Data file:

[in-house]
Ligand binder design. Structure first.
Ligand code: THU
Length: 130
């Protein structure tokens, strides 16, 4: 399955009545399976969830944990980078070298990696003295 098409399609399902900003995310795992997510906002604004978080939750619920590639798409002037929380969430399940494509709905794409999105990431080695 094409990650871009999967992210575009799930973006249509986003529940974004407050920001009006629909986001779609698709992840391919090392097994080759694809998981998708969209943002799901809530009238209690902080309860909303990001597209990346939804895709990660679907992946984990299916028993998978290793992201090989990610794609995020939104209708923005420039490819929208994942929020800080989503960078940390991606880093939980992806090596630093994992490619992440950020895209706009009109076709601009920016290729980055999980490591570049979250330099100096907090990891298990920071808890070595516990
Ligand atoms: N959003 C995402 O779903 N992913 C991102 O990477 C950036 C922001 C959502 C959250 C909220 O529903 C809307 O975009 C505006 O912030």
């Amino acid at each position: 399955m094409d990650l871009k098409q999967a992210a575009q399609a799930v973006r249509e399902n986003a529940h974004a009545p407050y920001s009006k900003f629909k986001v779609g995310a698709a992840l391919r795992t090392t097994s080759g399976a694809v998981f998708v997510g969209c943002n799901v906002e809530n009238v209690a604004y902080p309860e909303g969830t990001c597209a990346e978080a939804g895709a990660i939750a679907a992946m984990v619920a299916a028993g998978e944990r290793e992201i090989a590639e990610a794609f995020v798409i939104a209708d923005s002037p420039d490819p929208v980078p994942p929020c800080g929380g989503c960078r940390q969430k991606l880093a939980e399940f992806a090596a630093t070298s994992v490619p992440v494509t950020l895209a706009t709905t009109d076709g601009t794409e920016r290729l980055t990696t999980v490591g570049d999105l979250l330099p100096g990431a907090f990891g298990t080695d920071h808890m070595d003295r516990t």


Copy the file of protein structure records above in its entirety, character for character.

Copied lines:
[in-house]
Ligand binder design. Structure first.
Ligand code: THU
Length: 130
């Protein structure tokens, strides 16, 4: 399955009545399976969830944990980078070298990696003295 098409399609399902900003995310795992997510906002604004978080939750619920590639798409002037929380969430399940494509709905794409999105990431080695 094409990650871009999967992210575009799930973006249509986003529940974004407050920001009006629909986001779609698709992840391919090392097994080759694809998981998708969209943002799901809530009238209690902080309860909303990001597209990346939804895709990660679907992946984990299916028993998978290793992201090989990610794609995020939104209708923005420039490819929208994942929020800080989503960078940390991606880093939980992806090596630093994992490619992440950020895209706009009109076709601009920016290729980055999980490591570049979250330099100096907090990891298990920071808890070595516990
Ligand atoms: N959003 C995402 O779903 N992913 C991102 O990477 C950036 C922001 C959502 C959250 C909220 O529903 C809307 O975009 C505006 O912030």
């Amino acid at each position: 399955m094409d990650l871009k098409q999967a992210a575009q399609a799930v973006r249509e399902n986003a529940h974004a009545p407050y920001s009006k900003f629909k986001v779609g995310a698709a992840l391919r795992t090392t097994s080759g399976a694809v998981f998708v997510g969209c943002n799901v906002e809530n009238v209690a604004y902080p309860e909303g969830t990001c597209a990346e978080a939804g895709a990660i939750a679907a992946m984990v619920a299916a028993g998978e944990r290793e992201i090989a590639e990610a794609f995020v798409i939104a209708d923005s002037p420039d490819p929208v980078p994942p929020c800080g929380g989503c960078r940390q969430k991606l880093a939980e399940f992806a090596a630093t070298s994992v490619p992440v494509t950020l895209a706009t709905t009109d076709g601009t794409e920016r290729l980055t990696t999980v490591g570049d999105l979250l330099p100096g990431a907090f990891g298990t080695d920071h808890m070595d003295r516990t």